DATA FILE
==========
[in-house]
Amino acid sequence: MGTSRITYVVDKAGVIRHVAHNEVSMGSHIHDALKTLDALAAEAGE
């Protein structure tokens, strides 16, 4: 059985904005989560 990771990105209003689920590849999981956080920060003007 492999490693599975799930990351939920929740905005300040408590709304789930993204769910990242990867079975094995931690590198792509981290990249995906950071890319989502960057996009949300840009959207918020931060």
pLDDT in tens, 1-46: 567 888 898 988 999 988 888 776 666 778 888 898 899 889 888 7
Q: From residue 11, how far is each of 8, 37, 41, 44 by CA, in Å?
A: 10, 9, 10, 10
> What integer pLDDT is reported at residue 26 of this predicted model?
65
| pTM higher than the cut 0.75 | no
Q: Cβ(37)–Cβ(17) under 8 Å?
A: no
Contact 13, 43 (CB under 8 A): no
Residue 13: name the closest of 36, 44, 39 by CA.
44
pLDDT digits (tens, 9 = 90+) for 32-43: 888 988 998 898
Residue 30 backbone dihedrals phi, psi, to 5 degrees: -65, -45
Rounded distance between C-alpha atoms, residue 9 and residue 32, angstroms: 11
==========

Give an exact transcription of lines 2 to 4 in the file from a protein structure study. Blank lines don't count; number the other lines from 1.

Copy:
Amino acid sequence: MGTSRITYVVDKAGVIRHVAHNEVSMGSHIHDALKTLDALAAEAGE
């Protein structure tokens, strides 16, 4: 059985904005989560 990771990105209003689920590849999981956080920060003007 492999490693599975799930990351939920929740905005300040408590709304789930993204769910990242990867079975094995931690590198792509981290990249995906950071890319989502960057996009949300840009959207918020931060």
pLDDT in tens, 1-46: 567 888 898 988 999 988 888 776 666 778 888 898 899 889 888 7